This article was originally posted on my brand new blog The Developer's Dungeon
From time to time, as a matter to keep my eye on the market, I look at job postings to check what is out there. To figure out if my skills are still relevant and check what technology is booming in the job market. I often find myself disappointed that everything still remains the same, the same stupid "REQUIREMENTS":
- Master degree in computer science and 7 years of experience.
- Only Software Engineers with ten years of experience to work on a basic web app.
- Seven years of experience in React(it was released in 2013).
- Knowledge of web, mobile, embedded systems.
- Expert .NET developer with knowledge of Java 7, Spring.
- Speaks English, Dutch, French, German is a plus (I live in Belgium, so I guess they consider speaking these 4 languages as something "Normal").
- Under 30 years old, 10+ years experience.
You would think I am making this up but no, this is all real requirements I found on Linkedin the past week. Would anyone of you consider these requirements realistic?, are these even REQUIREMENTS? The reality is that they are not.
In the sausage factory of job postings, a lot of things could happen. They could be built by someone who has no real information or feedback from the tech team, they just gather some of the technologies used, ask for a random number of years of experience, and that is it. In some cases, the tech team actually reviews the postings, but they want what I like to call "The perfect candidate", sure we would all want a guy with 10 years experience that knows our stack perfectly and wants to work for 10 bucks an hour, it is just unrealistic to expect that someone like that will arrive at our door (or that even exists).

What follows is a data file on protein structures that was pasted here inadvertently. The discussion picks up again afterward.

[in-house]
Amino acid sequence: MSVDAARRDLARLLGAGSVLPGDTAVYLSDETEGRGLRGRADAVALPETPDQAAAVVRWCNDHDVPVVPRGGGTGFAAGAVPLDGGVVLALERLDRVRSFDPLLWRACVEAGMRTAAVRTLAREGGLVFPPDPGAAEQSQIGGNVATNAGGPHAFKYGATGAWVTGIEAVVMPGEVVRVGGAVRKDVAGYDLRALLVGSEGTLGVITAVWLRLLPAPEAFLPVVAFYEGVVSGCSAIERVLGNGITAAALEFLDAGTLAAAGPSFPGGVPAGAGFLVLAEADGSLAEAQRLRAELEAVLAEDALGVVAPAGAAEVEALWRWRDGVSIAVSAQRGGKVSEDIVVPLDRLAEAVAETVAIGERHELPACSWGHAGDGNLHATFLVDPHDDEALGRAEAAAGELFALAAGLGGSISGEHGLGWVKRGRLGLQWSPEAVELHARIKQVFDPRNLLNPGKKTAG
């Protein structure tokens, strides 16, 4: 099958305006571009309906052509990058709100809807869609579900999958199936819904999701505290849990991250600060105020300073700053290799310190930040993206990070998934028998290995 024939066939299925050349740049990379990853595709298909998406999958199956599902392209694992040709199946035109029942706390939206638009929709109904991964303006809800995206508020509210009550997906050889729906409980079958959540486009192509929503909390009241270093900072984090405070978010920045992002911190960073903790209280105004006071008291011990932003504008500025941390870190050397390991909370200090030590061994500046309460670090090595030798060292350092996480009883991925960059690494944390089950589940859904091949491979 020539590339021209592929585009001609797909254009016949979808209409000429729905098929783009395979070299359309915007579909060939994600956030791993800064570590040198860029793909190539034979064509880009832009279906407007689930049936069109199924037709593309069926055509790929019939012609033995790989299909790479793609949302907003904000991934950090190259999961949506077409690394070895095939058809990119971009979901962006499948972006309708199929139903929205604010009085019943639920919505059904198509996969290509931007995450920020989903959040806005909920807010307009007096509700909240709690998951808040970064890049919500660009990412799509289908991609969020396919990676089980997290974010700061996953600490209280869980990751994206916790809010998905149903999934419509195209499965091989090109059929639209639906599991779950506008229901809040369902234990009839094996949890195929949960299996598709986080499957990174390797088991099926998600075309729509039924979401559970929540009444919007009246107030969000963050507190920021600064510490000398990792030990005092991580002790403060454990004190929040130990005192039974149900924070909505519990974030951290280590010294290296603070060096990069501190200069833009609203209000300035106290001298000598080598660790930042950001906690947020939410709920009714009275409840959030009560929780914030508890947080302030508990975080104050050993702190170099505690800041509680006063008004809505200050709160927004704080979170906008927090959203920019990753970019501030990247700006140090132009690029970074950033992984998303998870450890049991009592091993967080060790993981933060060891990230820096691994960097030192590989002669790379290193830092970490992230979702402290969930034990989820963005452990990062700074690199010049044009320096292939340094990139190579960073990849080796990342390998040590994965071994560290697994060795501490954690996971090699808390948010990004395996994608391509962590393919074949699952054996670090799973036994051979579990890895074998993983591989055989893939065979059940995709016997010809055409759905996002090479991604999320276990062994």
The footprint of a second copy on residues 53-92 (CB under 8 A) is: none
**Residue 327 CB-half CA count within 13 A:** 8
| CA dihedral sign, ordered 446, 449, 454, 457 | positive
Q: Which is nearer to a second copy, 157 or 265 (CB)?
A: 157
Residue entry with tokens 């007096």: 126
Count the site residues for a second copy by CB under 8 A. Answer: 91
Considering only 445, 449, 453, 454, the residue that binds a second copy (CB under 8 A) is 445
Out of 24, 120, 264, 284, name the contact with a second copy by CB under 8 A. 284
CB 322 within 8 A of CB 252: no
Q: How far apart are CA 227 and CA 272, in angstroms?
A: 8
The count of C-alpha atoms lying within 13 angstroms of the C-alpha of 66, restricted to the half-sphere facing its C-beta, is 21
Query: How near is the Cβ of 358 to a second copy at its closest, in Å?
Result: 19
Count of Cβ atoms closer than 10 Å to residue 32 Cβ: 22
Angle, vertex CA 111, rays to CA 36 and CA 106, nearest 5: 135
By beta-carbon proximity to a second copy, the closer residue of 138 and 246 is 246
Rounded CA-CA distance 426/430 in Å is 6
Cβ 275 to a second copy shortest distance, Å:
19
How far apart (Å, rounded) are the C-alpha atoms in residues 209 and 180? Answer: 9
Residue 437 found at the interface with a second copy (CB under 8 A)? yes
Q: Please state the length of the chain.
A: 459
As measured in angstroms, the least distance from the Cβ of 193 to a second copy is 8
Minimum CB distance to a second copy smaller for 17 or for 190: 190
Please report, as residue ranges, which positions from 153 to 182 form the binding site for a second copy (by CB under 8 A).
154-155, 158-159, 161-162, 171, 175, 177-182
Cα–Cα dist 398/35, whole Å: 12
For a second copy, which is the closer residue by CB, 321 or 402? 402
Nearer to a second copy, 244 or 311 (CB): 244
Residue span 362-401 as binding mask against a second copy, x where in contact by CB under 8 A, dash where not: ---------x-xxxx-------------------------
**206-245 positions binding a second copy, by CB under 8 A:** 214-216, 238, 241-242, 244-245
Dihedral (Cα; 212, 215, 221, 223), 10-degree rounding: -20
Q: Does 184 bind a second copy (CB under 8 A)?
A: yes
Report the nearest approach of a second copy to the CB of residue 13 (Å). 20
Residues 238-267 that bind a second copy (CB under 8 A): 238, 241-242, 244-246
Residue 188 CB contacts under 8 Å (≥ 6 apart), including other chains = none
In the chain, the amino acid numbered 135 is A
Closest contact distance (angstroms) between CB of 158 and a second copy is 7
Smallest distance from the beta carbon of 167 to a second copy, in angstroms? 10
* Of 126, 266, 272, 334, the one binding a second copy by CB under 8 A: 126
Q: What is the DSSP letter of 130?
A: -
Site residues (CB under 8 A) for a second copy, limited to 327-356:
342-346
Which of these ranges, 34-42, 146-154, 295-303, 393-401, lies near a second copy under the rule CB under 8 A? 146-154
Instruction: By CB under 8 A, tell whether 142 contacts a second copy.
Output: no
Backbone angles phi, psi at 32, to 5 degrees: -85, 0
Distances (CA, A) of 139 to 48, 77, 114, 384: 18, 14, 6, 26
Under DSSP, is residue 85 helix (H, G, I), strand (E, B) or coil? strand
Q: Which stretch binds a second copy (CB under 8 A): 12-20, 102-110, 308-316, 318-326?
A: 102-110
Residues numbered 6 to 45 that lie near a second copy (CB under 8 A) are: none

The reality is that most of the time you don't need all those requirements to be hired, you just need to have some knowledge to take on the tasks that they give you and make the company some money, at the end that is all that the company is looking for. You also have to consider that even if those are the requirements there are some big chance that no one likes that will answer the search, they will have to pick someone from the bunch of applicants they received and deal with it. Is at that moment when recruiters and the company realizes that the expectations where unrealistic, once those CV start coming in you just do the best you can with what you have.
I am not saying that you should apply for a senior position if you just started (although the worst thing that can happen is that they don't call you back, that is not so bad right?), but you should apply to every single job you think you can do even you don't meet all the requirements. Maybe you have less experience than what they are looking for, or you just speak English, or you worked with a different stack for many years and you want to make a switch. Just apply, nothing can or will go wrong, again the worst thing that can happen is that they don't answer back, on the other hand, you could end up being hired for a sweet job you would not dream to get in a million years.